5. waltc says:

    Wow. Never expected good sense out of Paul Krugman either. My joy is trammelled only by the thought that the EU, to save its own neck, might cave and, as the Greek government suggested In pushing for the No, come to some kind of terms . As for the brave Greeks, they’re in for some hard times either way but it’s notably better to sweat for yourself than for a bullying boss. Interesting to see how this plays internationally–do other illusory markets crash? Is this, as a talking head here opined, like the shot at Sarajevo? Guess we’ll see.

  6. Frank Davis says:

    Nigel Farage in the Telegraph

    …Whilst some of the older generation may still buy into the notion of the EU having brought peace to Europe, the younger generations are just not sold. And why should they be? The European Union today is causing massive resentment between European nations. Just look at how relations between Germany and Greece have deteriorated. Far from bringing peace, the EU now sows resentment.

    Whatever fine aims there were fifty or sixty years ago have no relevance to the reality of life for young people right across the EU now, including in Greece. The EU’s old, outdated ideas have been rejected at the ballot box in exchange for a new approach and fresh thinking.

    The result is a tired, stumbling European Union that is dying on its feet before our very eyes. Credibility for the project is fading fast as citizens right across Europe awaken to the reality of its authoritarian instincts that seek to run roughshod over public opinion.

    With younger generations now turning against the EU project, we can see support for the EU’s dream of a United States of Europe fading fast. An outdated European Union has been found out and rejected emphatically by young Greeks in the 21st century.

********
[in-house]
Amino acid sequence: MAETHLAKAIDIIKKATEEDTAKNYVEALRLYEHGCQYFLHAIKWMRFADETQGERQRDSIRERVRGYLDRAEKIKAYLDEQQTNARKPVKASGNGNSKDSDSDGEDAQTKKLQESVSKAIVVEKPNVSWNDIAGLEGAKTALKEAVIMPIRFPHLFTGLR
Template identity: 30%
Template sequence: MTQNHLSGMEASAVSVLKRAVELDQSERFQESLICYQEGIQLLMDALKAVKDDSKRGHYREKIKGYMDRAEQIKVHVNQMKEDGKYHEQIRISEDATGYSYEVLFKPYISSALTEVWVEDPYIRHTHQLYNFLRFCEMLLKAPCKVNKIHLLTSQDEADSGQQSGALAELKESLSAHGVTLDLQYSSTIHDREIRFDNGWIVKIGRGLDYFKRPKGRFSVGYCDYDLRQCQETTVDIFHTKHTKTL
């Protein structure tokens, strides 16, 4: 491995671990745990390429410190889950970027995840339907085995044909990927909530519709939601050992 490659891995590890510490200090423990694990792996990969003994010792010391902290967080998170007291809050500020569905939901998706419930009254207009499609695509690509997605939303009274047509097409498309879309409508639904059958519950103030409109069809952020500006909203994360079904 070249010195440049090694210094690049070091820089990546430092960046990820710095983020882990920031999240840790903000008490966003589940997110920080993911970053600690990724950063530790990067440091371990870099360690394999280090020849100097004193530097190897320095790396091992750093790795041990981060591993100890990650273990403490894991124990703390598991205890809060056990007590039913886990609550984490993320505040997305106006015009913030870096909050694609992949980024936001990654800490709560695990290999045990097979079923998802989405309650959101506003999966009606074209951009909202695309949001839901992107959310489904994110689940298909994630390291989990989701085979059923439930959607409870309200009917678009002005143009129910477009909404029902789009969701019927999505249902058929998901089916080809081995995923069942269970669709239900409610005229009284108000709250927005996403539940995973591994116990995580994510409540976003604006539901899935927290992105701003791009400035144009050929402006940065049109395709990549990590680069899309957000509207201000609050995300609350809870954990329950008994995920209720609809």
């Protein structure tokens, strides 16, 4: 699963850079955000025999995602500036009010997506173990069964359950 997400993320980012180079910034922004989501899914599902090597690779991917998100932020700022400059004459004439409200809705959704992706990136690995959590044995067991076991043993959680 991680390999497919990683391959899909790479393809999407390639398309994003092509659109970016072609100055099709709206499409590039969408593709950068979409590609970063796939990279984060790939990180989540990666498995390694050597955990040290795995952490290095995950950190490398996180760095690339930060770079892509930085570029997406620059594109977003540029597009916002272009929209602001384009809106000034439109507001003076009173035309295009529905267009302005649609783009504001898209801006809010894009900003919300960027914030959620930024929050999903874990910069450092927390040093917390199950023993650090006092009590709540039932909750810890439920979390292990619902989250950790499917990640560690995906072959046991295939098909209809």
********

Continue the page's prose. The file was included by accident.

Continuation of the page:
It is all too clear to see why: both the euro single currency and the European Union itself have done great harm to the prospects of young people who are now realising that we do not need a single currency or a political union to be friends, neighbours and trading partners. Far more important than this European Union is the concept of national democracy, of which this Greek referendum and its result are a beaming example of.

  7. prog says:

    The EU has been seriously wounded. It’ll make an example of Greece in order to send a clear message to other struggling countries. The very last thing it’ll want to see is a relatively painless recovery of the Greek economy, sovereignty and dignity. It’ll be done in a sneaky and deceitful way but it will happen. And the blame will be placed squarely on Greece’s shoulders.

    God help them – it’s going to be a very tough ride.

    • harleyrider1978 says:

      Greece is no diff than any of the others that join in for the gravy train ride of the then new Euro……….The problem isn’t Greece it was the free ride the Euro gave to countries who couldn’t afford it………..Its the EUs fault basically saying join up and you get all this added value to your country for doing nothing and we tote the note UNTIL!

  8. harleyrider1978 says:

    Smoking bans and other laws like them basically SUSPEND CIVIL LIBERTIES and that’s just what it is.

  9. nisakiman says: